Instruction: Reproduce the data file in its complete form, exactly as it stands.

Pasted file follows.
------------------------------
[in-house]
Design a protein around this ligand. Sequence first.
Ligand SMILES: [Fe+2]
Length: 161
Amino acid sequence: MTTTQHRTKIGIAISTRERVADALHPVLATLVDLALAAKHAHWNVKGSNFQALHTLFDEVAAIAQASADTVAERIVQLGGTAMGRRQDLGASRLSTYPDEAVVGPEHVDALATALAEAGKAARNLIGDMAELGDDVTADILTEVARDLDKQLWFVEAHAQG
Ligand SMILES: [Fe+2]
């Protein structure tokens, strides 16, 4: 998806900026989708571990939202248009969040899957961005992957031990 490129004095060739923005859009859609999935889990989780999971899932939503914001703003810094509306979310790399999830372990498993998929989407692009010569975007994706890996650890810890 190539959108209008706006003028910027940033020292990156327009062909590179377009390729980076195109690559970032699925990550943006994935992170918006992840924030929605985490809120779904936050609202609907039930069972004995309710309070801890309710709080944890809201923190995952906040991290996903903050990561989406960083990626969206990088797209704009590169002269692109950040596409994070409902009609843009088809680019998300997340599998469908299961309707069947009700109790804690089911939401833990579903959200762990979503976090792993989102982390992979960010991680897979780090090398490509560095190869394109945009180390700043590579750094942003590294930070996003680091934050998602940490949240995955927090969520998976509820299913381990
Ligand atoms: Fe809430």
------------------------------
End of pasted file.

[in-house]
Design a protein around this ligand. Sequence first.
Ligand SMILES: [Fe+2]
Length: 161
Amino acid sequence: MTTTQHRTKIGIAISTRERVADALHPVLATLVDLALAAKHAHWNVKGSNFQALHTLFDEVAAIAQASADTVAERIVQLGGTAMGRRQDLGASRLSTYPDEAVVGPEHVDALATALAEAGKAARNLIGDMAELGDDVTADILTEVARDLDKQLWFVEAHAQG
Ligand SMILES: [Fe+2]
């Protein structure tokens, strides 16, 4: 998806900026989708571990939202248009969040899957961005992957031990 490129004095060739923005859009859609999935889990989780999971899932939503914001703003810094509306979310790399999830372990498993998929989407692009010569975007994706890996650890810890 190539959108209008706006003028910027940033020292990156327009062909590179377009390729980076195109690559970032699925990550943006994935992170918006992840924030929605985490809120779904936050609202609907039930069972004995309710309070801890309710709080944890809201923190995952906040991290996903903050990561989406960083990626969206990088797209704009590169002269692109950040596409994070409902009609843009088809680019998300997340599998469908299961309707069947009700109790804690089911939401833990579903959200762990979503976090792993989102982390992979960010991680897979780090090398490509560095190869394109945009180390700043590579750094942003590294930070996003680091934050998602940490949240995955927090969520998976509820299913381990
Ligand atoms: Fe809430």